Monday, January 05, 2009

Flashback: Reunification Palace

You may have seen a famous photo of North Vietnamese/Viet Cong tanks storming the palace in Saigon and “taking” the city. This occurred after the US had “pulled out.” The former presidential palace is now called the reunification palace and is a museum to the survival and fighting spirit of the people who sought to be one unified country.

This was our first tour in Vietnam and there were several poignant moments. After the first segment of the tour (during which our guide explained that one of the last presidents to live here died because he was killed by the US CIA), he asked everyone to say where they were from. The majority of the group was from Singapore, and then we said “USA.” It felt strange to feel strange saying that. Our guide was nothing but kind and courteous to us, downright friendly. But, his story continued full of “patriotism” I guess you’d say. He proudly told us that his father fought for freedom against the American imperialists and has a bullet in his leg to this day.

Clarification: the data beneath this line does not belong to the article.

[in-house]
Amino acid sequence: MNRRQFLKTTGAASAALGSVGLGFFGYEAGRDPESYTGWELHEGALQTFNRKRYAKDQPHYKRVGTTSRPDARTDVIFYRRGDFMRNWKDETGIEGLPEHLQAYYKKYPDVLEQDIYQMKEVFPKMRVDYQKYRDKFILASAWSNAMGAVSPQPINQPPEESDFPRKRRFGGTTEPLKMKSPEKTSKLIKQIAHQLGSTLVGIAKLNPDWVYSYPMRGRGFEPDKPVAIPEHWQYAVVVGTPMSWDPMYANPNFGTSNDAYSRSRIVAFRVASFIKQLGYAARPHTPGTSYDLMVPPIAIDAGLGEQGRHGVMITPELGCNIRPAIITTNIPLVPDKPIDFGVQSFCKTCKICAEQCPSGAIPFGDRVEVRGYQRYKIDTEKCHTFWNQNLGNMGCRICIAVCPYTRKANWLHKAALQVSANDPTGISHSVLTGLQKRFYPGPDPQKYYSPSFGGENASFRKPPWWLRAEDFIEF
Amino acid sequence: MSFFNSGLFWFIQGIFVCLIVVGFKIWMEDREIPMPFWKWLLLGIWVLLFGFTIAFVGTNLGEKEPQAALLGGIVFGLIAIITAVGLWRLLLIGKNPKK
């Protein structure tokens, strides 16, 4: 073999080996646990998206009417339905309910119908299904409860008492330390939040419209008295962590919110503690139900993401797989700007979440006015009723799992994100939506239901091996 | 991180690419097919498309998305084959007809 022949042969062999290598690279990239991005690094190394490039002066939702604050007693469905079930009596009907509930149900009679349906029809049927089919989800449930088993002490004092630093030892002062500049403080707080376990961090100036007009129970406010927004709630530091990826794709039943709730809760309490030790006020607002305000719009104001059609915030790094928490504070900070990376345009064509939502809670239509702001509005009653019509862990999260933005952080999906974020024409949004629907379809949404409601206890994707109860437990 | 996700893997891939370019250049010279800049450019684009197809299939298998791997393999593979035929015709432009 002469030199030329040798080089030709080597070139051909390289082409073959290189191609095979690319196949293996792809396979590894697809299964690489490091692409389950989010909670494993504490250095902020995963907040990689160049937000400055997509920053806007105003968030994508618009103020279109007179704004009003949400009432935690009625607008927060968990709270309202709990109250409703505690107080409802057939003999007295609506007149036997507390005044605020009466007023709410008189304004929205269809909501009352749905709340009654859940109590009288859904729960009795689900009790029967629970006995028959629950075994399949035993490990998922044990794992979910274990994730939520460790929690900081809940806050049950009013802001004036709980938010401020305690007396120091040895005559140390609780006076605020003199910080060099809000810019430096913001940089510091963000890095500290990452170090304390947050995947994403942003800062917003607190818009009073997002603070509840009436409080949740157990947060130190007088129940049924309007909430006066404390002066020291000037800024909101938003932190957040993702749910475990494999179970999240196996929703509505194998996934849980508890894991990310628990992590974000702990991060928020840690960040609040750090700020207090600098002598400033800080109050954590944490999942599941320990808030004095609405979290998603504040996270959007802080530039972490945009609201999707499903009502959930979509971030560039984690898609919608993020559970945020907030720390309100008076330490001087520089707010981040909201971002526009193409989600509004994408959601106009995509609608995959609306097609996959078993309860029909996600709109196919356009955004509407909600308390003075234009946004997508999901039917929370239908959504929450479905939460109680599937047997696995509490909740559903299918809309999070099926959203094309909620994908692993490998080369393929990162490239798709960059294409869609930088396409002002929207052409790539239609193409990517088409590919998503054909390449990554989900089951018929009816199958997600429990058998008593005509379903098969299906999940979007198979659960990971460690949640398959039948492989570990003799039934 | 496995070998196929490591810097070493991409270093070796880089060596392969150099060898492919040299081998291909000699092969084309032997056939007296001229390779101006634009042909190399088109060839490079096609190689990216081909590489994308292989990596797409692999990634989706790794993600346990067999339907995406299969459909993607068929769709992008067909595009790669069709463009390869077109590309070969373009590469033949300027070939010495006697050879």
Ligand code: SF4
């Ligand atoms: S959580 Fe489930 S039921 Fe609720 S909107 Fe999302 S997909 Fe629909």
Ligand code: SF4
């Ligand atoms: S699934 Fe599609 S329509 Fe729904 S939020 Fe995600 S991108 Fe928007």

Vietnam is a communist country (and you’ll notice we didn’t post anything not fully pro-Vietnam on our blog until AFTER we’d left the country), so inevitably there is a degree of information control. There is a chance that our guide actually didn’t think some of the things he told us…but, I found it an interesting mirror about how easy it is to see your “side” of the story as the whole story. I said to Ron as we were leaving, “Isn’t it funny how everyone thinks their own crap doesn’t stink?”

During our time in Vietnam we learned much about the “American War” and I’d say the more I learned, the more confused I was. It was certainly a very complicated and painful chapter in both the history of the US and Vietnam.

I’ve been reading an excellent book called “In Retrospect” written by Robert McNamara. He was Secretary of Defense during the majority of the Vietnam war and this book is essentially his explanation and apology to the post-Vietnam generation for what happened. I highly recommend it.

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